Raising Babies with EA/TEF or Other Feeding Issues

by May 31, 2023How-Tos, Special Needs Parenting0 comments

Guest blogger Kelly Simpson offers tips and encouragement for parents raising babies with EA/TEF or other feeding issues.

Raising babies with EA/TEF includes many feeding challenges. Finding tips about how to deal with those challenges can be hard to find. Thankfully a growing number of parents, like today’s guest blogger Kelly Simpson, are sharing what they have learned through trial and error. If you are raising a baby with oral feeding challenges of any kind, this post offers both practical tips and spiritual encouragement.

Raising babies with EA/TEF or other feeding issues can be extremely challenging. From diagnosis and surgeries to feeding issues and, in some cases, speech development, the adventure of parenting your newborn isn’t quite the path you foresaw. The roller coaster of emotions and seeking help for your child is exhausting and stressful. I would like to share some tips I have learned along the way.

Tip #1: Before an Esophageal Dilation

  • For bottle fed babies: Control your baby’s bottle intake at least 4 days before the dilation. Allow three sucks and then remove the bottle from the child’s mouth. This allows time for the liquid to drain down the esophagus. Then allow for 2-3 more sucks and another removal. Repeat until all the milk or formula is gone. When feedings are controlled, larger amounts of milk have enough time to drain through the smallest part of the esophagus. Controlling the feedings allows the liquid to funnel down the esophagus and not overflow to the trachea and into the lungs. Always consult with your child’s doctor about your plan.
  • For solid food children: Cut food up really small and control the feedings as suggested above. Let your child drink after every bite or couple bites (whatever seems to help your child). Limit very solid or hard foods. Softer foods such as apple sauce, mashed potatoes, Jell-O, or yogurt could be easier for the child to swallow. Another suggestion is to make a smoothie or puree with fruits or vegetables. Try to blend proteins in as well. Again, be sure to consult with your doctor as you plan.

Tip #2: Do Not Compare Your Child to Another Child

Avoid comparing your child to another EA/TEF child or to a child with a different condition that causes feeding issues. Also avoid comparing your child to kids without any feeding problems. Instead, welcome and hold tight to friendships with other parents raising kids with EA/TEF or other special needs.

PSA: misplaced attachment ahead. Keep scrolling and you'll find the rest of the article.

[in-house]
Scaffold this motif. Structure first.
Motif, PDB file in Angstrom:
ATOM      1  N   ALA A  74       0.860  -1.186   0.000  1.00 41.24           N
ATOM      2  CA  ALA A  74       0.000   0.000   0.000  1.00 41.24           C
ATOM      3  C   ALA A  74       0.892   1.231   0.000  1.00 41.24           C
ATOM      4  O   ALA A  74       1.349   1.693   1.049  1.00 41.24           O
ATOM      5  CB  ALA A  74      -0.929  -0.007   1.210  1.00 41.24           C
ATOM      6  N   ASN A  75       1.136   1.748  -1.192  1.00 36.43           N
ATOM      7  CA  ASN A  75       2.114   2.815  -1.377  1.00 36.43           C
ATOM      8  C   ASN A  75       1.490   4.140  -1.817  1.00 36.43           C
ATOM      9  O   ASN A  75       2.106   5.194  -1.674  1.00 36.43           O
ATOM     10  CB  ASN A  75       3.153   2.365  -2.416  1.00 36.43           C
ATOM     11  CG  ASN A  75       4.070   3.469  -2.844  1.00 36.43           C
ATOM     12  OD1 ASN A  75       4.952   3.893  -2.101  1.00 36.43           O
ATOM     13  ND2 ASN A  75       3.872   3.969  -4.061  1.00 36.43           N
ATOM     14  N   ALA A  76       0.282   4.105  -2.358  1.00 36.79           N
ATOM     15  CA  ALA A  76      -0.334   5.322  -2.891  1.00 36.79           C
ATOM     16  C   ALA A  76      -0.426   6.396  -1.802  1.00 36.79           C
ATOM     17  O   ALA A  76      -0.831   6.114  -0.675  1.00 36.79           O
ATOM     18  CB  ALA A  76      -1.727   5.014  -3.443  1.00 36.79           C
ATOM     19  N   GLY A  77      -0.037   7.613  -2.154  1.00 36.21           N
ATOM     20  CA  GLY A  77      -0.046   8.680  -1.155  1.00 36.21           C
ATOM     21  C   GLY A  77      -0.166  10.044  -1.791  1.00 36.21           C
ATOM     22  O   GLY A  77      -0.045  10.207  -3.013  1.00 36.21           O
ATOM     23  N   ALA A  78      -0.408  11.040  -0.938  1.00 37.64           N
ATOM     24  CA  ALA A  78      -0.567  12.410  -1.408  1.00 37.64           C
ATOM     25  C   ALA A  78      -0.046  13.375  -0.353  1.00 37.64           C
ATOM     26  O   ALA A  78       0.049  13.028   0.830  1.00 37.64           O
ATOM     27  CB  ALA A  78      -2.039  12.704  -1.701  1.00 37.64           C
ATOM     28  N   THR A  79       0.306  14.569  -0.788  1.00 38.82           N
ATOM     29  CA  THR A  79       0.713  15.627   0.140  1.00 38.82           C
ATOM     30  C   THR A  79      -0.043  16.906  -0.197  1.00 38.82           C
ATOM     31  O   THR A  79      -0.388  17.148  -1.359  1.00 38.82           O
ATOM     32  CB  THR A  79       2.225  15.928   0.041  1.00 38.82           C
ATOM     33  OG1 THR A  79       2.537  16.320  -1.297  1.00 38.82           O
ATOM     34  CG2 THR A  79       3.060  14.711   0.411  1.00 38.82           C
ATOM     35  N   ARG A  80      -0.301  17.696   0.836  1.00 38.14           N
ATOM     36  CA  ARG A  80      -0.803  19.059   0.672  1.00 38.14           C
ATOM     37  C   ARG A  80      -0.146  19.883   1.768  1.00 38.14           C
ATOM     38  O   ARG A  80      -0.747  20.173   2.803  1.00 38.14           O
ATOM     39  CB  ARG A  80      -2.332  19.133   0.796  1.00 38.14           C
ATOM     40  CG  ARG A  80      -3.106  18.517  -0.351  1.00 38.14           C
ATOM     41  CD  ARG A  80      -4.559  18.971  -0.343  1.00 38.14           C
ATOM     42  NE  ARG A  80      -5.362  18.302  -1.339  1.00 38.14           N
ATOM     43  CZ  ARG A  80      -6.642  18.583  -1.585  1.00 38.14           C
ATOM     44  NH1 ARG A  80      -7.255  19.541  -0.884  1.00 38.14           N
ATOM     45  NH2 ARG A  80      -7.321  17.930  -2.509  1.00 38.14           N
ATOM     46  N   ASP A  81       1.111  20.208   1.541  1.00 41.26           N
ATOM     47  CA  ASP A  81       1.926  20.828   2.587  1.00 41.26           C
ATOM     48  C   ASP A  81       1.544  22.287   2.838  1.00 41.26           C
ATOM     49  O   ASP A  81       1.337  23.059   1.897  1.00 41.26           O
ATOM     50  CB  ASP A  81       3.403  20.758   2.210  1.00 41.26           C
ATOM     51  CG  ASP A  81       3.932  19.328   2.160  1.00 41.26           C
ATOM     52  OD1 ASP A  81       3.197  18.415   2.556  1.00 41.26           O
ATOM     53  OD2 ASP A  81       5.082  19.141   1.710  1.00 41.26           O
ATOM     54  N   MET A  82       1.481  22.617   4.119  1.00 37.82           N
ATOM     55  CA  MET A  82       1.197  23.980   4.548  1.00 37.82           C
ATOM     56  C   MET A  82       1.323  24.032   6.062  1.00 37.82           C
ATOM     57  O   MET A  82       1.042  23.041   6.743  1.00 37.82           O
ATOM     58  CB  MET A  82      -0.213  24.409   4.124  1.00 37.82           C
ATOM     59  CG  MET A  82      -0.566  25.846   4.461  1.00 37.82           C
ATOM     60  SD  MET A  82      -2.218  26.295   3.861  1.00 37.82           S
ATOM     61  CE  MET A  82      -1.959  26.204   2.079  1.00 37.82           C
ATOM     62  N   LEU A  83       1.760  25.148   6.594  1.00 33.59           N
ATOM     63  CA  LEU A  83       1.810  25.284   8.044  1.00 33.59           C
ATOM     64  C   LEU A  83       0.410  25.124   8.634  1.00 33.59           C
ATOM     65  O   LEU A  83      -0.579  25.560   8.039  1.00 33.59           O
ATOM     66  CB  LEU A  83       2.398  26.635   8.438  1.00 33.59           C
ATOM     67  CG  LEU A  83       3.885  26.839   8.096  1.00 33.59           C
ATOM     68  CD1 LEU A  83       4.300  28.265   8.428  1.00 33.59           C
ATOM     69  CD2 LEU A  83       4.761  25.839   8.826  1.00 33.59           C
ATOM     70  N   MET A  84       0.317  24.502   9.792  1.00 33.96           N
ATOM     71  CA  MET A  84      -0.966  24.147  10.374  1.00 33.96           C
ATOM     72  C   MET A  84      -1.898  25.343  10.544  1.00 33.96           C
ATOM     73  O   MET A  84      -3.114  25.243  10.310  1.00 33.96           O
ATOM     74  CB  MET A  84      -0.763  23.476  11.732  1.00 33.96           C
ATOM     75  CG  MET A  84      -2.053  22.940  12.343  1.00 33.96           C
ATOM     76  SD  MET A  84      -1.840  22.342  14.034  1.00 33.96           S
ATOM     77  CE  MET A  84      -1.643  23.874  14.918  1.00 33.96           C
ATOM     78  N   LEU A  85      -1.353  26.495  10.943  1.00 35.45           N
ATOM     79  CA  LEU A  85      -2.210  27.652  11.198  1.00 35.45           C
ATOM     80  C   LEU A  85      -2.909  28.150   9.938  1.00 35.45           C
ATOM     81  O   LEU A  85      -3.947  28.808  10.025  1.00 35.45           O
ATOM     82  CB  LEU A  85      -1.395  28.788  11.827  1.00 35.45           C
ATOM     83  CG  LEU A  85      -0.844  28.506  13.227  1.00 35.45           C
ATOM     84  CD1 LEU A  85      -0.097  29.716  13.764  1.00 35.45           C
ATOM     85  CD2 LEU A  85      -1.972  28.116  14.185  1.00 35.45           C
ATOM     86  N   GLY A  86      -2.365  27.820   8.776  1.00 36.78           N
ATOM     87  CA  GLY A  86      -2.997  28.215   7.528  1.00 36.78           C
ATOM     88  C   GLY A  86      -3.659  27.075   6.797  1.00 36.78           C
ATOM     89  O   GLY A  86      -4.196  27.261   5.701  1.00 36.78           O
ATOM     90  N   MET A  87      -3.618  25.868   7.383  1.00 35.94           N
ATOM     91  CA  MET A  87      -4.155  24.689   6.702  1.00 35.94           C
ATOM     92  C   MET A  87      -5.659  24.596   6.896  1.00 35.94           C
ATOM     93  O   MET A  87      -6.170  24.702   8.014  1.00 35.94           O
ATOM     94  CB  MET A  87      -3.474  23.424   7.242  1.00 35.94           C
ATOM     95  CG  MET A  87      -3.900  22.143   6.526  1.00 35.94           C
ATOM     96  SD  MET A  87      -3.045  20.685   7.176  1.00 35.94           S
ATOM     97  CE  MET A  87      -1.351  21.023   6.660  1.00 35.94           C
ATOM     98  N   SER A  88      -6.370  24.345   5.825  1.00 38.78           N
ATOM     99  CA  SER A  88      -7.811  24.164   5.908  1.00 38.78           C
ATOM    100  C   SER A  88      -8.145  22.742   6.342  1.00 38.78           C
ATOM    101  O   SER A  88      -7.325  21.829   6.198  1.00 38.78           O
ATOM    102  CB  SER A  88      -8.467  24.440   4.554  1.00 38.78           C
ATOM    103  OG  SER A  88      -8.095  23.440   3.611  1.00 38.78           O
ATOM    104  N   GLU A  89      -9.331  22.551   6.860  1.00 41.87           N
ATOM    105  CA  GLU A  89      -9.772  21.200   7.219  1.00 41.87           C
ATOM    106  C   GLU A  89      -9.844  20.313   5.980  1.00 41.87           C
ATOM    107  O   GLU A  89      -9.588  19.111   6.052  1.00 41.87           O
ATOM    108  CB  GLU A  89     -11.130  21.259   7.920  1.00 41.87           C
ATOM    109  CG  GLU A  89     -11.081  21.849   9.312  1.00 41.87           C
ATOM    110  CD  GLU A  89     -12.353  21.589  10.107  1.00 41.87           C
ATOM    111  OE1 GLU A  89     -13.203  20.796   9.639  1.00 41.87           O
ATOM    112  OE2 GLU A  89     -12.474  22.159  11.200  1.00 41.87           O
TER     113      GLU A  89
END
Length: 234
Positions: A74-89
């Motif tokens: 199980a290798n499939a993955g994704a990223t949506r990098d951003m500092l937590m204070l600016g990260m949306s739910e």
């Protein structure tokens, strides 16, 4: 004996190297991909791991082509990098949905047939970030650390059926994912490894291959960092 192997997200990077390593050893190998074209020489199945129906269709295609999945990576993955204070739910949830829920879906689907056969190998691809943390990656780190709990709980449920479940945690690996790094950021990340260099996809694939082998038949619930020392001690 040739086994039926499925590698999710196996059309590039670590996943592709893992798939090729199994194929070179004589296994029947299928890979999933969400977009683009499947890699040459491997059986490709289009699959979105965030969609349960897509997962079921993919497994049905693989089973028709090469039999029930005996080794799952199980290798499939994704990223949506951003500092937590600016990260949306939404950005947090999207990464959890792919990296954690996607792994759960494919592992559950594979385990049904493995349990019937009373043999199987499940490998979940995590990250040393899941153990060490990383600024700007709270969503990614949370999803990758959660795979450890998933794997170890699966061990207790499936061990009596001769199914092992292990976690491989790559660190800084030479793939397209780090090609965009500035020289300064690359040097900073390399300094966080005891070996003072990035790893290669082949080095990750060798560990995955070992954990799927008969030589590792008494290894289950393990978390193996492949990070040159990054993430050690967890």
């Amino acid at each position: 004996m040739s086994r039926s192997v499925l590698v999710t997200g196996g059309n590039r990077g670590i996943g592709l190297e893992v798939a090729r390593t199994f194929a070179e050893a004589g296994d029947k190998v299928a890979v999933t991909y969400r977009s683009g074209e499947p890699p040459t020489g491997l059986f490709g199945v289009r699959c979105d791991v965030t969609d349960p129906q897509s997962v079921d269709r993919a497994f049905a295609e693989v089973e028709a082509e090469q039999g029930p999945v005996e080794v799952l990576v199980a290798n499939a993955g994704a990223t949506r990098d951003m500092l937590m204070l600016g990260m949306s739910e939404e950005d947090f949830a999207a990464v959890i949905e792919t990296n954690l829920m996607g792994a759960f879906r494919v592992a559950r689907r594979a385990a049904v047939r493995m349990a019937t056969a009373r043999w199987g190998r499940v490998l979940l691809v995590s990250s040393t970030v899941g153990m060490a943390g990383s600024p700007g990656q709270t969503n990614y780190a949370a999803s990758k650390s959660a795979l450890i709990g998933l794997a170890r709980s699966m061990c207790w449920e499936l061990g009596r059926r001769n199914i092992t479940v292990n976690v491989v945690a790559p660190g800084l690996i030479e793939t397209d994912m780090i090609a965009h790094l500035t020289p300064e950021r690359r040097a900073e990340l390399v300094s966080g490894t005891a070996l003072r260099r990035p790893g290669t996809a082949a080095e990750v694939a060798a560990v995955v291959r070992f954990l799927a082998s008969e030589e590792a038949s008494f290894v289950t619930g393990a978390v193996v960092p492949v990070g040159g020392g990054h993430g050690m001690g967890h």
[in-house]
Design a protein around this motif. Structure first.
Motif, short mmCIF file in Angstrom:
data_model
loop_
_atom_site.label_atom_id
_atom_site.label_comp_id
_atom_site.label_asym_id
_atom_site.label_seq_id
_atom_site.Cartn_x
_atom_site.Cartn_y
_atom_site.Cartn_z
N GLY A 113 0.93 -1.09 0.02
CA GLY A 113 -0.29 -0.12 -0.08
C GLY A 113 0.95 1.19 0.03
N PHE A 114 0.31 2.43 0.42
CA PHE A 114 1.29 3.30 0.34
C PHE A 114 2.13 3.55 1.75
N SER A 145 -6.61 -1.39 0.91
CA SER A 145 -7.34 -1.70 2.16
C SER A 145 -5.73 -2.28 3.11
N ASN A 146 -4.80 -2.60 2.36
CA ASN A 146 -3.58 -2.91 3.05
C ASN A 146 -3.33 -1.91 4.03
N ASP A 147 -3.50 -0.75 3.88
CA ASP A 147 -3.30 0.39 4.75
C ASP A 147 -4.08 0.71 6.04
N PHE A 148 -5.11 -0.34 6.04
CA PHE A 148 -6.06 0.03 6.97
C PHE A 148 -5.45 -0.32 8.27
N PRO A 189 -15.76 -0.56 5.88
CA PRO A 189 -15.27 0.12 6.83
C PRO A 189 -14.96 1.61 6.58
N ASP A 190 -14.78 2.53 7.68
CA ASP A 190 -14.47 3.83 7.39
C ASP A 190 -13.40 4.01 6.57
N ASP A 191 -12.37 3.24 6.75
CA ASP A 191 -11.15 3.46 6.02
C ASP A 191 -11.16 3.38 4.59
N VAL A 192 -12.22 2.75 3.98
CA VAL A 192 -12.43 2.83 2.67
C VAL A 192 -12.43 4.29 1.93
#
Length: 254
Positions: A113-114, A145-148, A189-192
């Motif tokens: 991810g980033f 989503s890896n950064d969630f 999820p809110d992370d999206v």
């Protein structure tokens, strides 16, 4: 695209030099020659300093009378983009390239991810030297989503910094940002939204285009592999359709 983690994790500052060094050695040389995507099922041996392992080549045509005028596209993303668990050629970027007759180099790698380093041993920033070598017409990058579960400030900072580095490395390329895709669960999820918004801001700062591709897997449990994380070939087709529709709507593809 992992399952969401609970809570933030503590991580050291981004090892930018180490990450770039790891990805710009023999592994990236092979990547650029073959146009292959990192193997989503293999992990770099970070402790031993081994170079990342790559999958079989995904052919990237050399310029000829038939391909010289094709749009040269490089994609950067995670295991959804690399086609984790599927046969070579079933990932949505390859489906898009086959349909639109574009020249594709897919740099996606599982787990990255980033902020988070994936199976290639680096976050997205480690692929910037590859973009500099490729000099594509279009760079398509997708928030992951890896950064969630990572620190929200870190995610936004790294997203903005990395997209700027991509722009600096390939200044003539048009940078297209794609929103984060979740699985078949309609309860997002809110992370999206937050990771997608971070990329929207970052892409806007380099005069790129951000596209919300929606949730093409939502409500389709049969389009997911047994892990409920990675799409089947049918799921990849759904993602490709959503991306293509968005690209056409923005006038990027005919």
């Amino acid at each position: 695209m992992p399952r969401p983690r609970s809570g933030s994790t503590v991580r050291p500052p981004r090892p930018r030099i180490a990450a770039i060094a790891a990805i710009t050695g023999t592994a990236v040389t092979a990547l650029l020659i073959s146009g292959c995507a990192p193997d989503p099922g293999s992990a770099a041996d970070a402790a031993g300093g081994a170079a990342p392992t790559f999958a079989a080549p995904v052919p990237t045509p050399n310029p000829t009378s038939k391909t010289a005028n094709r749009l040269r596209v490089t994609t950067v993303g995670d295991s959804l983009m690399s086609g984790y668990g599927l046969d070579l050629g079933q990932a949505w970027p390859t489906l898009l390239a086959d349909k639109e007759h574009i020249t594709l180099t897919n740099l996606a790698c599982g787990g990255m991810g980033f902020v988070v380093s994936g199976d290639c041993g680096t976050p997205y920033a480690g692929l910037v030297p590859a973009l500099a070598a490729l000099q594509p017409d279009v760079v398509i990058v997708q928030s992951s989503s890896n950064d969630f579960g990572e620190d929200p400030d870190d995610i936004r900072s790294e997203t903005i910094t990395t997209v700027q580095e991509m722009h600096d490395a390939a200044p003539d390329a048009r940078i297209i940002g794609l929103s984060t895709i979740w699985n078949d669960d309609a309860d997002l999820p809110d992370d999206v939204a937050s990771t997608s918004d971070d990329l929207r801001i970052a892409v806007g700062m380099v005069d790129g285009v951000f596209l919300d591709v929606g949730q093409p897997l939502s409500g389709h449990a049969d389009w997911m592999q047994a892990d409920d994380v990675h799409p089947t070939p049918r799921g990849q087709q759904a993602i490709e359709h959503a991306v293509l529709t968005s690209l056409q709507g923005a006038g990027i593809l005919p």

Some children with feeding challenges have swallowing issues, trouble gaining weight, or loss of appetite due to taking a drink after every couple bites. Researching natural remedies to deal with reflux or for speech therapy to remediate speech delays are other adventures. Your child may need help in all areas.

Every child is different, so try not to compare your child to the next. It is healthy to do research and ask other parents about their path. Your child could need four esophageal dilations, while the next child may need ten. My son has not had any issues with gaining weight or growth delays. However, I am very aware that another child could have this problem and that it can be very discouraging for their parents. I celebrate my son’s achievements, but also have a delicate heart for those who haven’t experienced that particular achievement yet. I appreciate those parents who comfort me or offer advice when their child has reached a goal that my son has not yet.

Tip #3: Embrace that Your Child’s Journey is Different

Embrace the fact that your child’s journey is different from that of a typical child. Parents of typical kids probably will not understand your walk, and that is okay. I remember when I would go to the grocery with my son when he was under four months old. Due to his tracheomalacia, he sounded like a goose when he laughed or cried. Man, did I get some funny looks! People had no clue what was going on. I’m sure they thought I was crazy for bringing him out to get basic necessities or that I was neglecting to take him to the doctor. I did not allow their different walk—and lack of knowledge about mine—to affect my own walk. I also did not give in to envy, wishing my child was healthy like theirs.

Instead, I embraced my own child. He is a gift from God. I was entrusted with him. I will stand by his side through everything. Were his first couple of years hard? Yes! Some months were extremely difficult, especially since my husband was deployed at the time. I did not have time to stop and compare, but I did have time to embrace my baby as he was.

My hope is that my experience can aid in raising babies with EA/TEF or other feeding issues. Always remember to consult with your child’s doctor about their specific needs and care plan because as I said before, every child is different!

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Photo by Juli Moreira on Unsplash

By Kelly Simpson

Kelly has lived her whole life in Kentucky. She and her husband, Jeremy, have an almost-four-year-old son, who, born during a deployment, was diagnosed with tracheoesophageal fistula (EA/TEF). She has always felt a calling to serve others and is living the dream as an Army wife, middle school teacher, and now, as an encourager to those who are living a dream different than they had planned.


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Meet Jolene

Jolene Philo is a published author, speaker, wife, and mother of a son with special needs.



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